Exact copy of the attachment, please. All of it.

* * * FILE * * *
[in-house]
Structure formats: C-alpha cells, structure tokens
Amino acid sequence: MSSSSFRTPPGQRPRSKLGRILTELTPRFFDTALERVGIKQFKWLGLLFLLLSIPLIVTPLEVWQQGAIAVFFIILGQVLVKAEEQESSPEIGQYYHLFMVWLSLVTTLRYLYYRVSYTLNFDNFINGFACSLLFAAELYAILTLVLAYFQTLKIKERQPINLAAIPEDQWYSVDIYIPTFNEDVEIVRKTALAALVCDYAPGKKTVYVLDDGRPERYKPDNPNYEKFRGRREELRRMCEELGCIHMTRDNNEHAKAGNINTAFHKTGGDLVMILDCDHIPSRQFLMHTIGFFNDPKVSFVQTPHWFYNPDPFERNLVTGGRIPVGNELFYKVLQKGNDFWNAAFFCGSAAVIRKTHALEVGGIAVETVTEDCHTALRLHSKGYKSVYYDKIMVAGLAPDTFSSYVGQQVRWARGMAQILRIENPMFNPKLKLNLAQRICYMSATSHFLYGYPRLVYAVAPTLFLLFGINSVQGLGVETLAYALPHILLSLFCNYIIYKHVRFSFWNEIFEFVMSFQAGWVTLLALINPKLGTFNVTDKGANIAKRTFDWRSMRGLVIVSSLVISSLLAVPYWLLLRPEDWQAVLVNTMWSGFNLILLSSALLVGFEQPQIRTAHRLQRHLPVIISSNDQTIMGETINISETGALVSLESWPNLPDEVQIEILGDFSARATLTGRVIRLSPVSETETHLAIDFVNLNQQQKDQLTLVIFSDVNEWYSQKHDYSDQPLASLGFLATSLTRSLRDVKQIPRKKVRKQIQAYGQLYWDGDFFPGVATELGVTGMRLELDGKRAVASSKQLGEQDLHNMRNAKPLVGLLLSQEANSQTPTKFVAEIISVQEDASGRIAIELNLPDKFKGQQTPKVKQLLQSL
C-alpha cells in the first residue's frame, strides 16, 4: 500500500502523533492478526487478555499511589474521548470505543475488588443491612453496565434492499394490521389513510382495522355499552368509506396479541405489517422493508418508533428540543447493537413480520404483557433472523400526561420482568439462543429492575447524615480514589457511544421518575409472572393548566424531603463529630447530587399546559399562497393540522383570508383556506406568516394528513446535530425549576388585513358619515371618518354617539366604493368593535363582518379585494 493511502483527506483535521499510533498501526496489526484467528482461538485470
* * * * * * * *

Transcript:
[in-house]
Structure formats: C-alpha cells, structure tokens
Amino acid sequence: MSSSSFRTPPGQRPRSKLGRILTELTPRFFDTALERVGIKQFKWLGLLFLLLSIPLIVTPLEVWQQGAIAVFFIILGQVLVKAEEQESSPEIGQYYHLFMVWLSLVTTLRYLYYRVSYTLNFDNFINGFACSLLFAAELYAILTLVLAYFQTLKIKERQPINLAAIPEDQWYSVDIYIPTFNEDVEIVRKTALAALVCDYAPGKKTVYVLDDGRPERYKPDNPNYEKFRGRREELRRMCEELGCIHMTRDNNEHAKAGNINTAFHKTGGDLVMILDCDHIPSRQFLMHTIGFFNDPKVSFVQTPHWFYNPDPFERNLVTGGRIPVGNELFYKVLQKGNDFWNAAFFCGSAAVIRKTHALEVGGIAVETVTEDCHTALRLHSKGYKSVYYDKIMVAGLAPDTFSSYVGQQVRWARGMAQILRIENPMFNPKLKLNLAQRICYMSATSHFLYGYPRLVYAVAPTLFLLFGINSVQGLGVETLAYALPHILLSLFCNYIIYKHVRFSFWNEIFEFVMSFQAGWVTLLALINPKLGTFNVTDKGANIAKRTFDWRSMRGLVIVSSLVISSLLAVPYWLLLRPEDWQAVLVNTMWSGFNLILLSSALLVGFEQPQIRTAHRLQRHLPVIISSNDQTIMGETINISETGALVSLESWPNLPDEVQIEILGDFSARATLTGRVIRLSPVSETETHLAIDFVNLNQQQKDQLTLVIFSDVNEWYSQKHDYSDQPLASLGFLATSLTRSLRDVKQIPRKKVRKQIQAYGQLYWDGDFFPGVATELGVTGMRLELDGKRAVASSKQLGEQDLHNMRNAKPLVGLLLSQEANSQTPTKFVAEIISVQEDASGRIAIELNLPDKFKGQQTPKVKQLLQSL
C-alpha cells in the first residue's frame, strides 16, 4: 500500500502523533492478526487478555499511589474521548470505543475488588443491612453496565434492499394490521389513510382495522355499552368509506396479541405489517422493508418508533428540543447493537413480520404483557433472523400526561420482568439462543429492575447524615480514589457511544421518575409472572393548566424531603463529630447530587399546559399562497393540522383570508383556506406568516394528513446535530425549576388585513358619515371618518354617539366604493368593535363582518379585494 493511502483527506483535521499510533498501526496489526484467528482461538485470